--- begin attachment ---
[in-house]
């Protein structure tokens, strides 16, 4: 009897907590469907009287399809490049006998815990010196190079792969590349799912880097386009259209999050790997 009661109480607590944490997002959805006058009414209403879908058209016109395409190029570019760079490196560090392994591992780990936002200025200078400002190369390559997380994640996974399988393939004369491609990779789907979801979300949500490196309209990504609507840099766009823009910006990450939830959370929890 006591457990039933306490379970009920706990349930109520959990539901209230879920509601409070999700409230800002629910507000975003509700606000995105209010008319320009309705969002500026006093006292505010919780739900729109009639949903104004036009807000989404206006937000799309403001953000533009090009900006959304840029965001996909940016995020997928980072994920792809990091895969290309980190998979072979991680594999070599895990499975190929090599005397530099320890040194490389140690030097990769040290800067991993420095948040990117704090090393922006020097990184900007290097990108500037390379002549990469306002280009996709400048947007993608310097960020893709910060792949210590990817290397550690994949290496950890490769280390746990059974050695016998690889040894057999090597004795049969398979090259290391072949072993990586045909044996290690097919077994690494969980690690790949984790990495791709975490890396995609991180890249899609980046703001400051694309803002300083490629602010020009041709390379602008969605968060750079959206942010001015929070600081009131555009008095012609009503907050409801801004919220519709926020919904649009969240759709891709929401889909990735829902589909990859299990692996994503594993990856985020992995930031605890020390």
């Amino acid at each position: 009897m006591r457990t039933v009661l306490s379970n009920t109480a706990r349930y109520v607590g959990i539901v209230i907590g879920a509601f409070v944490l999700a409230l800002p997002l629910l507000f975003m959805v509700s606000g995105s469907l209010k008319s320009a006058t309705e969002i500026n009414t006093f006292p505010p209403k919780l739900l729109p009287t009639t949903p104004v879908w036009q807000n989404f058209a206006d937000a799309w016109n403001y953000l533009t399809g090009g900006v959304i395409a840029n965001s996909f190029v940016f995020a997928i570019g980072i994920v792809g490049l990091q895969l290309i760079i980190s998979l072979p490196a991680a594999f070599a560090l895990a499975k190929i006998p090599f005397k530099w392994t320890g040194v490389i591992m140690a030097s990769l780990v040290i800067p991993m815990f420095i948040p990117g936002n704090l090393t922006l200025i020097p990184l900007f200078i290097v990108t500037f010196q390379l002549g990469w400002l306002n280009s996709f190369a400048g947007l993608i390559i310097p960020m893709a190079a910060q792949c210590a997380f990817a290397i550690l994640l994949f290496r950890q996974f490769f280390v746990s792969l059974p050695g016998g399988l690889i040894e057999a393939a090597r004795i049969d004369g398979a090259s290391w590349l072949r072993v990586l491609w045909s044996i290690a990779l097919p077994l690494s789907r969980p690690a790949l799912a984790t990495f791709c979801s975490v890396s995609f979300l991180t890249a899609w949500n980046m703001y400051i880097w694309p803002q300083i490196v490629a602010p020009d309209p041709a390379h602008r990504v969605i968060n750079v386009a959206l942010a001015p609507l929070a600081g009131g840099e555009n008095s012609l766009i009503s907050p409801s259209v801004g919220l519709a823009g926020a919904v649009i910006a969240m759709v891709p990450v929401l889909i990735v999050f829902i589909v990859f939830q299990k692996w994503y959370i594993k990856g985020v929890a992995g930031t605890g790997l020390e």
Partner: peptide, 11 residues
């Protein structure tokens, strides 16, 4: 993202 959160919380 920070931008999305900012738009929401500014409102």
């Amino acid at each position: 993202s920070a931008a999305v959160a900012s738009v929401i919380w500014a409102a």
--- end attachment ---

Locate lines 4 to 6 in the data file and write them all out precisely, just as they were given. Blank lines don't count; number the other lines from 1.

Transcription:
Partner: peptide, 11 residues
């Protein structure tokens, strides 16, 4: 993202 959160919380 920070931008999305900012738009929401500014409102």
């Amino acid at each position: 993202s920070a931008a999305v959160a900012s738009v929401i919380w500014a409102a």